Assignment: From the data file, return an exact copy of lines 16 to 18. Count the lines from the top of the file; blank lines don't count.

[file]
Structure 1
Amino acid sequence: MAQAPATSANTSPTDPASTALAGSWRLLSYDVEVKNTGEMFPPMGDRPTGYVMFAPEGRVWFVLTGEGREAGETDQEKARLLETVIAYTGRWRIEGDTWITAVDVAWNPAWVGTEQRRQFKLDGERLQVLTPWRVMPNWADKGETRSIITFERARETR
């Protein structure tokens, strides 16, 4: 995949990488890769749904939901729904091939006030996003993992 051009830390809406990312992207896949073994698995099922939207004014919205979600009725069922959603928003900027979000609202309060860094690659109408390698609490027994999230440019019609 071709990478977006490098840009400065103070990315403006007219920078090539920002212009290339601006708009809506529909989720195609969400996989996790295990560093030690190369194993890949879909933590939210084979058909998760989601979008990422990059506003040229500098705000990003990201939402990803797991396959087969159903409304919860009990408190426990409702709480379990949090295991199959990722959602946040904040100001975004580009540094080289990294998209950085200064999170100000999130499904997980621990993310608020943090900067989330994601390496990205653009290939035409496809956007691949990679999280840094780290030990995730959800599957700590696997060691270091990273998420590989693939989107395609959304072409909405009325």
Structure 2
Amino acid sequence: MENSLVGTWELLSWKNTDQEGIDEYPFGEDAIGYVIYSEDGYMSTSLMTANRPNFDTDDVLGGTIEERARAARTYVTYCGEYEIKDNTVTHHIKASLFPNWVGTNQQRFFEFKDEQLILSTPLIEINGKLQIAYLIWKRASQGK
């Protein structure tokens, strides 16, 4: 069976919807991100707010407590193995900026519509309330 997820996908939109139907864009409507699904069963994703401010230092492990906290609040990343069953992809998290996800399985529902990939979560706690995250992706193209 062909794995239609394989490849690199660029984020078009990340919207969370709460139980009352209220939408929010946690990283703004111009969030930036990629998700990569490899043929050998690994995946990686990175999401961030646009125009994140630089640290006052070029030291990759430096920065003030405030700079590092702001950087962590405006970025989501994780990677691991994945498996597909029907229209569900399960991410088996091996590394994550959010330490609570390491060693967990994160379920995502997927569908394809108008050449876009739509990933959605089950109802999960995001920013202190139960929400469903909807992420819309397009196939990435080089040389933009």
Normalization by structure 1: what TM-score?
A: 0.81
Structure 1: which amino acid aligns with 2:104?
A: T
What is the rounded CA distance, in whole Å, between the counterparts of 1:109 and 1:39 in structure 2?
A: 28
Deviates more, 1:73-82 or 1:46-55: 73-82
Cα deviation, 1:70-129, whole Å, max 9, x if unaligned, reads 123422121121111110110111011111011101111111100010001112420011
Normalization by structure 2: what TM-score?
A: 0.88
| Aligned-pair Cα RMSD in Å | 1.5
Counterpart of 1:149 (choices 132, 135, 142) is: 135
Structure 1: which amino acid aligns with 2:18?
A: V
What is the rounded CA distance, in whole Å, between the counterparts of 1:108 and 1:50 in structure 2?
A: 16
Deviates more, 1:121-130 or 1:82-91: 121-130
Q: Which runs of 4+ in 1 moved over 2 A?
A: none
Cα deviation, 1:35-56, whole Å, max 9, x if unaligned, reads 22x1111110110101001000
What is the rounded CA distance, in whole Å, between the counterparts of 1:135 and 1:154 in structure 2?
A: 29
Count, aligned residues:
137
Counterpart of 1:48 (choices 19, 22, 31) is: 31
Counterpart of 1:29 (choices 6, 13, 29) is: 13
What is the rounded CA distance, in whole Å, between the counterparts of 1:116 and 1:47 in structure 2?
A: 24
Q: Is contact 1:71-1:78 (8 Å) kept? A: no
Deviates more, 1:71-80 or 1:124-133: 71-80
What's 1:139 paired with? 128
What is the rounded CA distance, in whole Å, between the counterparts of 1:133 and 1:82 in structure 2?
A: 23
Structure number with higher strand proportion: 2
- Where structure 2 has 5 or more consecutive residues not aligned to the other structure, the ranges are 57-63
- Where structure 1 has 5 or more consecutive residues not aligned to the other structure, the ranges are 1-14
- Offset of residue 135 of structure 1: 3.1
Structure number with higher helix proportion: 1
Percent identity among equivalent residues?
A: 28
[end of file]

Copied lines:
A: 0.88
| Aligned-pair Cα RMSD in Å | 1.5
Counterpart of 1:149 (choices 132, 135, 142) is: 135